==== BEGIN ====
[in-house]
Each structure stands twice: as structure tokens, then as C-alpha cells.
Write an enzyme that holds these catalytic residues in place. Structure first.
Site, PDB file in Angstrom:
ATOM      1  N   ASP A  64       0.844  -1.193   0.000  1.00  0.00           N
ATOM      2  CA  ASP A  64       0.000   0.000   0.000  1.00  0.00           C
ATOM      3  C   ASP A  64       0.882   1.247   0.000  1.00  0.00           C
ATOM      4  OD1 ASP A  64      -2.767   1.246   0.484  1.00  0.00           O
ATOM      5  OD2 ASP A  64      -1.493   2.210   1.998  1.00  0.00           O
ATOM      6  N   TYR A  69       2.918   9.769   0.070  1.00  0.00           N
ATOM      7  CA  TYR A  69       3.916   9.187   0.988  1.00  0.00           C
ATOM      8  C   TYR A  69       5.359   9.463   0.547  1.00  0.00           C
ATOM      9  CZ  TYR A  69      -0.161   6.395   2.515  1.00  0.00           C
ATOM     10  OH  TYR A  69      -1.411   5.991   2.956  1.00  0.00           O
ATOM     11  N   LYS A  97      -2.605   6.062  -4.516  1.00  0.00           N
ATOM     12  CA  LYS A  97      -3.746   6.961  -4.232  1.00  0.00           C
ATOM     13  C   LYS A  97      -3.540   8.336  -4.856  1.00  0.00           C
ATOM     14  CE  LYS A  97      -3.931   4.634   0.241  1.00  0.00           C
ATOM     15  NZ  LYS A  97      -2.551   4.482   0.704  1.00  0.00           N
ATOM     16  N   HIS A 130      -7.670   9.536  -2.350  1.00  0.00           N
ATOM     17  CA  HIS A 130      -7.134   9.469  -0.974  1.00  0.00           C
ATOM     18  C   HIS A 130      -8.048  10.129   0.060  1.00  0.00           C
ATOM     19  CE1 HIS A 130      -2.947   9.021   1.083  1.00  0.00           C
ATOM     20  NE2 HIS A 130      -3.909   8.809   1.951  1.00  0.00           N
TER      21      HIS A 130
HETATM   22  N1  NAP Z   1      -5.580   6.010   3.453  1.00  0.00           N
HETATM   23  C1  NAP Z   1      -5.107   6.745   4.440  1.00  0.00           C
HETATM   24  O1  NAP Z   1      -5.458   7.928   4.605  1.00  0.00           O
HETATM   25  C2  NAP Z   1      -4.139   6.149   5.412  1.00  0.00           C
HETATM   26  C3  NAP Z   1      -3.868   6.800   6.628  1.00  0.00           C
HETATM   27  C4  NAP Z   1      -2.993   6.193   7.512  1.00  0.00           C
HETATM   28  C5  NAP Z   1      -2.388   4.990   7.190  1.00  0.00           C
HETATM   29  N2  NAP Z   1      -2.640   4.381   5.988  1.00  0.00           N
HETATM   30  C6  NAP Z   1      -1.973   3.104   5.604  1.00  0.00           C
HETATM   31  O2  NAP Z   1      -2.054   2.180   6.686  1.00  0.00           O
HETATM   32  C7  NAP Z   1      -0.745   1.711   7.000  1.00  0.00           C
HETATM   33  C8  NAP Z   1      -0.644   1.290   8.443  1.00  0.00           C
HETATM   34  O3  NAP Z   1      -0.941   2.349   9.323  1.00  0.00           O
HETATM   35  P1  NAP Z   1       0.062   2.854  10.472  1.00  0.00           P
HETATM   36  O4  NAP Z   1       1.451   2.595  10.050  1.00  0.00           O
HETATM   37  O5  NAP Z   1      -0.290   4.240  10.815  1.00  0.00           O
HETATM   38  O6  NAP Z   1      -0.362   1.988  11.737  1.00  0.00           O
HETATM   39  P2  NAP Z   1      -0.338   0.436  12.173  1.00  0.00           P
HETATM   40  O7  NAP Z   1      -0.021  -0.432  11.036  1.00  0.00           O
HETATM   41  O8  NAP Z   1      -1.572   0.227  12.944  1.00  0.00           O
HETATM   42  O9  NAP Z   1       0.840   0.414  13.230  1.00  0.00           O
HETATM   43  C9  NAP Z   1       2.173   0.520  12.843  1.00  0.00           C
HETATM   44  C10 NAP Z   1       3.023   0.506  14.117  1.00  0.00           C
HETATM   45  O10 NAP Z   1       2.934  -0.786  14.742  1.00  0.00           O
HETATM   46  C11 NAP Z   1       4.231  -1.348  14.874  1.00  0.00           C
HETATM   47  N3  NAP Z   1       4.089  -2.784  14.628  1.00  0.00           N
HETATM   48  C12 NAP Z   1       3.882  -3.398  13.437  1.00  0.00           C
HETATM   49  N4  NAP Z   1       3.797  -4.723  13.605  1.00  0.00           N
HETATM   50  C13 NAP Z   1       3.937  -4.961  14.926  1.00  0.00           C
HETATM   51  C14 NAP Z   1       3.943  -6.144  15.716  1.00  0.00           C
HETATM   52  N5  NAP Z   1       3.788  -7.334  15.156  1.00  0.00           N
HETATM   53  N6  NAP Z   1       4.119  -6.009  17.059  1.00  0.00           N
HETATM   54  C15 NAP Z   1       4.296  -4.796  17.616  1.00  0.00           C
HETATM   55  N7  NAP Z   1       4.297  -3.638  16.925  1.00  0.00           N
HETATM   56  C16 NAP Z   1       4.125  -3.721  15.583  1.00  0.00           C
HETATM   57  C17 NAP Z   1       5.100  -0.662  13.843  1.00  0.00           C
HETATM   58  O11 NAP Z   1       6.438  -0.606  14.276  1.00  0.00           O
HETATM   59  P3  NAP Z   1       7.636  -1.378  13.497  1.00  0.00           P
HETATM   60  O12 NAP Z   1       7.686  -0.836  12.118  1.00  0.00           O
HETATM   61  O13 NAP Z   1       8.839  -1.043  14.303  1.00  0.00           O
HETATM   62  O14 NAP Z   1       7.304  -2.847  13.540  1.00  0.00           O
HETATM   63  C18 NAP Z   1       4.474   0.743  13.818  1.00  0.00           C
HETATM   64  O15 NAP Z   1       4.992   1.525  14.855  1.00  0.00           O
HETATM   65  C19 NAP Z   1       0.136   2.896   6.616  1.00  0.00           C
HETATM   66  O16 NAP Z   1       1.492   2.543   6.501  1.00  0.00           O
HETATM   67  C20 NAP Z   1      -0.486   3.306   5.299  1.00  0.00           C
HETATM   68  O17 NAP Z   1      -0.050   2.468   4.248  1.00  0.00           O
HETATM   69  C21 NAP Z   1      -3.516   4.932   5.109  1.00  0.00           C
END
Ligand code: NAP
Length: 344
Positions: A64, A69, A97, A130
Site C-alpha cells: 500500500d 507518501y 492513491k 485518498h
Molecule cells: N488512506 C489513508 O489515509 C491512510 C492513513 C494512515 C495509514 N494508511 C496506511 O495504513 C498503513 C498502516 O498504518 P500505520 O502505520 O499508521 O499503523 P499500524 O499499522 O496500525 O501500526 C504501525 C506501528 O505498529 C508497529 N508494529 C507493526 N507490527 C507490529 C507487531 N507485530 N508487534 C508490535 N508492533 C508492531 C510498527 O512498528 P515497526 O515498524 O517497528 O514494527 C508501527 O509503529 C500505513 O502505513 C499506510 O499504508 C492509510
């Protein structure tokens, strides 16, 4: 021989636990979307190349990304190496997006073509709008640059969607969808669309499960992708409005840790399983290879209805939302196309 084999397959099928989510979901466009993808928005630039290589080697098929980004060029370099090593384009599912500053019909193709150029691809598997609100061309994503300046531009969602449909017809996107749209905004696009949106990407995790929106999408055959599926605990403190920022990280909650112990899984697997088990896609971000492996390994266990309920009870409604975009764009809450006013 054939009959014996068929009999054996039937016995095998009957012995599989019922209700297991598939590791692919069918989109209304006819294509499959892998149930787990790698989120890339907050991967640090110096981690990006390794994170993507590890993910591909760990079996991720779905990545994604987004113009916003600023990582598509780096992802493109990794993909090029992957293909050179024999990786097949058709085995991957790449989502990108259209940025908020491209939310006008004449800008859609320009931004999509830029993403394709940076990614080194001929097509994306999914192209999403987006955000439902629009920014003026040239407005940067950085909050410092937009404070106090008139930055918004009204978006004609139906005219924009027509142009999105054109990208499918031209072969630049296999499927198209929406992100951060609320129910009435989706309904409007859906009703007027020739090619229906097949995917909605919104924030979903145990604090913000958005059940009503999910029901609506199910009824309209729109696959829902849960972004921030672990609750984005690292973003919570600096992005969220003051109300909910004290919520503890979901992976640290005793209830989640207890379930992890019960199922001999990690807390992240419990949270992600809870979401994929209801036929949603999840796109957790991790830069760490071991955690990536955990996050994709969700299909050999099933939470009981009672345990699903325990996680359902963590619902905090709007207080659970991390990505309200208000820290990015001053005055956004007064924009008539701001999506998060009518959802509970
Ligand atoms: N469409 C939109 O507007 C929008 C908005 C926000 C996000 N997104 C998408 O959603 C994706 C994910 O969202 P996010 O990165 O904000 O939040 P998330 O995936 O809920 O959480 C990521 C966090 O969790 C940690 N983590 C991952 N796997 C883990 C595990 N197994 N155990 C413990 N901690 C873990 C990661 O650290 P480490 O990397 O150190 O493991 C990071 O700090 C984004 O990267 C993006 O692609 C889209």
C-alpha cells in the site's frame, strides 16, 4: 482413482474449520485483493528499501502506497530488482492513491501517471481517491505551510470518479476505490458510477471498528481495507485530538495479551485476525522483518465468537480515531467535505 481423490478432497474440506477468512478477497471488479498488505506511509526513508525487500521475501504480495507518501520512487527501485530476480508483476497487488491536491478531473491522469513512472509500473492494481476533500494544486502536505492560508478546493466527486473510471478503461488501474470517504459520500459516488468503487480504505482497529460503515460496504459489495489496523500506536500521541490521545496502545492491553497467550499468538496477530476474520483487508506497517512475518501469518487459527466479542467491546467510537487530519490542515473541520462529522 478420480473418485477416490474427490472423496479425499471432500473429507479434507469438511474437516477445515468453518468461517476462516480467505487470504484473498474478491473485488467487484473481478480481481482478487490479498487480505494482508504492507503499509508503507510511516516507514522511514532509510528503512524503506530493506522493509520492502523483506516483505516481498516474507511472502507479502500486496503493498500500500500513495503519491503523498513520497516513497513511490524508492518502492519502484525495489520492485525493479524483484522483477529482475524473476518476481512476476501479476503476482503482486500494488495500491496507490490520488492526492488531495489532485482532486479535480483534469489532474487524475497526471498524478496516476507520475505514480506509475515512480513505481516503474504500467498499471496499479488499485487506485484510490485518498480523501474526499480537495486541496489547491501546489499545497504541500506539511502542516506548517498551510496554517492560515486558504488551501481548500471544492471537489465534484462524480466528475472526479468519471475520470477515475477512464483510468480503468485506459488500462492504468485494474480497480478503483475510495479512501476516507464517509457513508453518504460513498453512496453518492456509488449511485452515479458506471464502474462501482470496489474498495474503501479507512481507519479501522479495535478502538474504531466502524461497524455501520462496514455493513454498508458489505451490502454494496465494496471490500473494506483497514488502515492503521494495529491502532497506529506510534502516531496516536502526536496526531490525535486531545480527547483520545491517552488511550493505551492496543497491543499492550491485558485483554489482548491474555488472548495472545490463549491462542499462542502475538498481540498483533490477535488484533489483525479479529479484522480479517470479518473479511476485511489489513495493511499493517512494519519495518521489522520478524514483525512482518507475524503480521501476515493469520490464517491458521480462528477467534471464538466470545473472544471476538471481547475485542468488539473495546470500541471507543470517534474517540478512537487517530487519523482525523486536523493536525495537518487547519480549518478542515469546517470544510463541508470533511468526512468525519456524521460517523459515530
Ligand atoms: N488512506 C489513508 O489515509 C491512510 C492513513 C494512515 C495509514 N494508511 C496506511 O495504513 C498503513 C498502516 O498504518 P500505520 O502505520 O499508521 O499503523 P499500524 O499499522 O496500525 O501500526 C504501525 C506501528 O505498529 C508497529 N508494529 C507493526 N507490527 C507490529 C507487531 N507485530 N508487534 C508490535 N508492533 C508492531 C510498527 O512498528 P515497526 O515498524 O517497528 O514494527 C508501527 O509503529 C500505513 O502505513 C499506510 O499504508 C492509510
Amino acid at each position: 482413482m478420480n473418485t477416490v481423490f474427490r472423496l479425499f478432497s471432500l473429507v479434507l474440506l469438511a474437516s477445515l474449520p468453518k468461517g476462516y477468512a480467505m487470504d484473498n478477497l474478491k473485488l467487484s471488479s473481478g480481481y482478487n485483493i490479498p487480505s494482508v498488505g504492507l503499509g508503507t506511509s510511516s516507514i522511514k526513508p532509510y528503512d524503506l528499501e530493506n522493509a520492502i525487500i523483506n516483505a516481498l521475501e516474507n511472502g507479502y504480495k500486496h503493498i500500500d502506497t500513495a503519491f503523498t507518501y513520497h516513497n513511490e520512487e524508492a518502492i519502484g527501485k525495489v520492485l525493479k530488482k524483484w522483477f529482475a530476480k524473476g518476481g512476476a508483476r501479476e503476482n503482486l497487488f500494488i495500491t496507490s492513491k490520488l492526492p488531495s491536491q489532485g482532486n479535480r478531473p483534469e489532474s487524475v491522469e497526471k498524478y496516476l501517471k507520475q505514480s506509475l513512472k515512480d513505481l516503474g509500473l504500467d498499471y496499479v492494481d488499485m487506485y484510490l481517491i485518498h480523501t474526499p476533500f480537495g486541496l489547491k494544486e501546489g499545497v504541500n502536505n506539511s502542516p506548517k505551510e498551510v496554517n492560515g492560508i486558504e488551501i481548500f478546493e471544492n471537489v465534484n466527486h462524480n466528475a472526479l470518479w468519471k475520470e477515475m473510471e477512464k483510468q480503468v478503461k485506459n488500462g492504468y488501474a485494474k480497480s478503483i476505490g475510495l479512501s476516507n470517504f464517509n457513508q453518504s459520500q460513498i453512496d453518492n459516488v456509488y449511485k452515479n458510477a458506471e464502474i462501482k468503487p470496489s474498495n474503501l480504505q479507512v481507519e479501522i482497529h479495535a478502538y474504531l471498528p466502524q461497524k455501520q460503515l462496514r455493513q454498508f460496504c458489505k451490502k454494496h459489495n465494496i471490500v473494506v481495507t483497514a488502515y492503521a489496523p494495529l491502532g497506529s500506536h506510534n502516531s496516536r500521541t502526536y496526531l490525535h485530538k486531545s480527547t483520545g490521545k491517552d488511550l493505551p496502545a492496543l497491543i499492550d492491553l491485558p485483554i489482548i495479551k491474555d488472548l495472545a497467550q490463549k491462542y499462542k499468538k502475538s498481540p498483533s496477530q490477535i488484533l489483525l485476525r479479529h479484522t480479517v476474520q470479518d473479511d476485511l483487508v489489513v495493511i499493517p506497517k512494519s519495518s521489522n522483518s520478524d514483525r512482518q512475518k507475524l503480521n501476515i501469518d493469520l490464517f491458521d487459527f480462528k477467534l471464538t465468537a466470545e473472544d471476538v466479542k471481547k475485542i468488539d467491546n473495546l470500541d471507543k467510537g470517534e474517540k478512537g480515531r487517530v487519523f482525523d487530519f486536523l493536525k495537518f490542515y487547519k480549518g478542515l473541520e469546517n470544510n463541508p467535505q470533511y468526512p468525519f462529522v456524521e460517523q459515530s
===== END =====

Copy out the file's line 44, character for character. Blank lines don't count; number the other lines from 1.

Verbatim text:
HETATM   40  O7  NAP Z   1      -0.021  -0.432  11.036  1.00  0.00           O